6. The combination of claim 1 wherein said piezoelectric elements of said networks are quartz crystals having different frequencies of oscillations with respect to each other.

7. An oscillator in accordance with claim 2 wherein said electron device is a transistor and said piezoelectric elements are quartz crystals.

8. An oscillator in accordance with claim 2 wherein said inductor means is variable to change the tuning of said series resonant circuit to thereby adjust said center frequency of oscillation of the oscillator.

UNITED STATES PATENT OFFICE CERTIFICATE OF CORRECTION Patent No. 3,581,240 Dated May 25, 1971 Inventor(s) Ralph T, Enderbv It is certified that error appears in the above-identified patent and that said Letters Patent are hereby corrected as shown below:

Column 4, line 14, after "said", insert second Signed and sealed this 31st day of October 1972.

(SEAL) Attest:

EDWARD M.FLETCHER,JR. ROBERT GOTTSCHALK Attesting Officer Commissioner of Patents FORM po'wso (1069) USCOMM-DC BO37B-P69 9 U,5 GOVERNMENT PRINTING OFFICE 9'9 0-3563!

Patent Citations
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Referenced by
Citing PatentFiling datePublication dateApplicantTitle
US3825830 *Dec 6, 1972Jul 23, 1974Motorola IncOffset oscillator system for radio transmitter and receiver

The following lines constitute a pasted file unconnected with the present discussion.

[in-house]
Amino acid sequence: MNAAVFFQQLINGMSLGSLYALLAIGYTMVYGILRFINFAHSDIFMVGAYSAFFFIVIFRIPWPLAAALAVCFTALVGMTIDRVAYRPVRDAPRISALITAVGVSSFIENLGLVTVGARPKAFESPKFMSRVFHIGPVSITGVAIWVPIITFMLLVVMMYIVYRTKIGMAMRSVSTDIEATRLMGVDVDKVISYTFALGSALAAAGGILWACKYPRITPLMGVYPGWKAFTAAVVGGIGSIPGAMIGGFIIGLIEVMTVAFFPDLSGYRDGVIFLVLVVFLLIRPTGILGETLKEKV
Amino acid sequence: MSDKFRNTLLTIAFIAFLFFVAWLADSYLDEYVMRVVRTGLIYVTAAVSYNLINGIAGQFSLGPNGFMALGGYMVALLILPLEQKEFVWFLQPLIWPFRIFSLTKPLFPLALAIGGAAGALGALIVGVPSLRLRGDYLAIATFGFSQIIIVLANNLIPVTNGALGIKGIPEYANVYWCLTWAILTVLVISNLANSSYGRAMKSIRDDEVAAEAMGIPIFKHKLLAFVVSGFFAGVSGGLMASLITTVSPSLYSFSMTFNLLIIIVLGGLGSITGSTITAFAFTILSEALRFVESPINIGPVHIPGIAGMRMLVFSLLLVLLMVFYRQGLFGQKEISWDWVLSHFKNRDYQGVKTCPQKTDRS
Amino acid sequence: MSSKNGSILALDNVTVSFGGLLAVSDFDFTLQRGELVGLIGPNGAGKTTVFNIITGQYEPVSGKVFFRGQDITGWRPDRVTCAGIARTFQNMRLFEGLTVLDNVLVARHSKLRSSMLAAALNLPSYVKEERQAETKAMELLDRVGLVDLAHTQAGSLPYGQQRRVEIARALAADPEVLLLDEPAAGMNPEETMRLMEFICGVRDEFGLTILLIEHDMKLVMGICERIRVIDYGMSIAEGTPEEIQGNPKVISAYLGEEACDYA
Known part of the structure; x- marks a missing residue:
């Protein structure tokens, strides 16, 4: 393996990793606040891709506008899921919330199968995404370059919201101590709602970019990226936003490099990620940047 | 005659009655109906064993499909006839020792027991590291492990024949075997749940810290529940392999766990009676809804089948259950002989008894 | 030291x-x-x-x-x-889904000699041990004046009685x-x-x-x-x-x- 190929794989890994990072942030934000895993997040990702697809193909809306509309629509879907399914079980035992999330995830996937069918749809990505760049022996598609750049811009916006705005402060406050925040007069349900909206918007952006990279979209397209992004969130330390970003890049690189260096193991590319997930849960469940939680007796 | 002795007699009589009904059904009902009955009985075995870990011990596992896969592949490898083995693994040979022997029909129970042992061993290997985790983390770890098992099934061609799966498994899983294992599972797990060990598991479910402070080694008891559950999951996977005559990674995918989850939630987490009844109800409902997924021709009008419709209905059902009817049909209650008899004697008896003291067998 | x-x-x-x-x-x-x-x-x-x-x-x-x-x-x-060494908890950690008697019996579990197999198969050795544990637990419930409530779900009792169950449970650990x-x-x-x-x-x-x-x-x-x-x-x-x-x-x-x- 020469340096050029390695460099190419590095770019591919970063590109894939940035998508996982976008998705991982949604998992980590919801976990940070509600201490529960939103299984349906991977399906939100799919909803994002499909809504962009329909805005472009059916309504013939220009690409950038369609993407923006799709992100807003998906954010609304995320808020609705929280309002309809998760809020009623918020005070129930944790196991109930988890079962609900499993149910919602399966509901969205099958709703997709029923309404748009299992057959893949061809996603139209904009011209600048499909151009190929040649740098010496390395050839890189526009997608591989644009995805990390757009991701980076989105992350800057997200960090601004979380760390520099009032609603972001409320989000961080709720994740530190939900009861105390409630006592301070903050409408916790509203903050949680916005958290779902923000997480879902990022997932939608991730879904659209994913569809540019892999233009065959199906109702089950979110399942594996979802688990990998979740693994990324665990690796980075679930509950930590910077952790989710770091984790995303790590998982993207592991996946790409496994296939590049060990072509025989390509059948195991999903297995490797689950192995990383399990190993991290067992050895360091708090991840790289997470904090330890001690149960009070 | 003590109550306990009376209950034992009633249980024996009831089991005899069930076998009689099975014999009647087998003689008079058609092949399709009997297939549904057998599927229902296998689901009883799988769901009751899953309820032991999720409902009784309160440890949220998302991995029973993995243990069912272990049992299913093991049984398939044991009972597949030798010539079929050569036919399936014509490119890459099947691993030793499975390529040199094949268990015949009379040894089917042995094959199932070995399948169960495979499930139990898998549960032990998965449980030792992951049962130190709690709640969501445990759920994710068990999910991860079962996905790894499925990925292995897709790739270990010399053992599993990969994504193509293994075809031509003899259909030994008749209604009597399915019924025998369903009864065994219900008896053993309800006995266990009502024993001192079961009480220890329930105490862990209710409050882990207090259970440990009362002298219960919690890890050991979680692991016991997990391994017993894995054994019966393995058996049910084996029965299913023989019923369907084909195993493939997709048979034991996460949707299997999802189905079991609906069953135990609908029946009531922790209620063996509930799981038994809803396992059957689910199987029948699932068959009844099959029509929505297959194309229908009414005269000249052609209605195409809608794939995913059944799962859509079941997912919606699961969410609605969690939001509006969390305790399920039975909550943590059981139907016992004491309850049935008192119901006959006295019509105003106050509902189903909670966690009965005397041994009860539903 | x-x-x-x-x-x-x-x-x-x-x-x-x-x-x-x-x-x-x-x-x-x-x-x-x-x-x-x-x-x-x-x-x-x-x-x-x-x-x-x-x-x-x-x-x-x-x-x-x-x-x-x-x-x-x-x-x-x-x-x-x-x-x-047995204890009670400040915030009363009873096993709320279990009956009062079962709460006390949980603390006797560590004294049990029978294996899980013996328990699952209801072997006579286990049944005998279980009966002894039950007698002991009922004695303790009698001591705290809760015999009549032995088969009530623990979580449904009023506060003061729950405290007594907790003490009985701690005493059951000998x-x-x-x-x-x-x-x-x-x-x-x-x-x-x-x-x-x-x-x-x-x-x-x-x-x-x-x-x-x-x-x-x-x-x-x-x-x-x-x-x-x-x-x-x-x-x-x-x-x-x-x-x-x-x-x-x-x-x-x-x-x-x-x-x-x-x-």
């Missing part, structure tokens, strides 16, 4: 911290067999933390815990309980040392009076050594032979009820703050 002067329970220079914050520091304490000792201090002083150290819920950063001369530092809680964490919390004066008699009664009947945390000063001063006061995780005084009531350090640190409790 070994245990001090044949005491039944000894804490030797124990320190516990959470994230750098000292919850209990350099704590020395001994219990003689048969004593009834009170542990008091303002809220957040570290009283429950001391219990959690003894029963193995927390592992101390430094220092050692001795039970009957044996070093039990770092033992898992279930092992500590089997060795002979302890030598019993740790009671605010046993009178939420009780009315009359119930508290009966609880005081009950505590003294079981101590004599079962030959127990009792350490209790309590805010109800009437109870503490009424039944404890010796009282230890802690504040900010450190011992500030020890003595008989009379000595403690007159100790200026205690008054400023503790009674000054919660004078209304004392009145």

US3906245 *Dec 26, 1973Sep 16, 1975Michael T ShenGraded junction varactor frequency divider circuits employing large division factors
US3935534 *Nov 15, 1972Jan 27, 1976Columbia Pictures Industries, Inc.Converter-tuner for information transmission system
US4063194 *Nov 3, 1976Dec 13, 1977Compagnie D'electronique Et De Piezo-ElectriciteWide-band frequency-controlled crystal oscillator
US4134085 *May 31, 1977Jan 9, 1979Driscoll Michael MNarrow deviation voltage controlled crystal oscillator for mobile radio
US4442415 *Jul 14, 1980Apr 10, 1984Nippon Electric Co., Ltd.Multichannel frequency modulator
US4510464 *Sep 29, 1982Apr 9, 1985Tdk CorporationLC-switched transistor oscillator for vibrator excitation
US4620226 *May 17, 1984Oct 28, 1986Cheung William S HApparatus for producing audio and visual signals for modulating a television system carrier signal
US4633197 *Mar 29, 1985Dec 30, 1986Motorola, Inc.Single resonant tank modulated oscillator
US4713631 *Jan 6, 1986Dec 15, 1987Motorola Inc.Varactor tuning circuit having plural selectable bias voltages
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US5905414 *Nov 17, 1997May 18, 1999Murata Manufacturing Co., Ltd.VCO having control voltage and modulation signal applied to varactor
EP0267332A1 *Nov 10, 1986May 18, 1988Richard W. WeeksDirect FM crystal-controlled oscillator
EP1703632A1 *Mar 14, 2006Sep 20, 2006Epson Toyocom CorporationPiezoelectric oscillator
U.S. Classification332/136, 333/187, 455/110, 327/493, 331/36.00C, 331/161, 331/116.00R
International ClassificationH03C3/22, H03B5/36, H03B1/04
Cooperative ClassificationH03B1/04, H03B5/368, H03C3/222, H03B5/362
European ClassificationH03C3/22C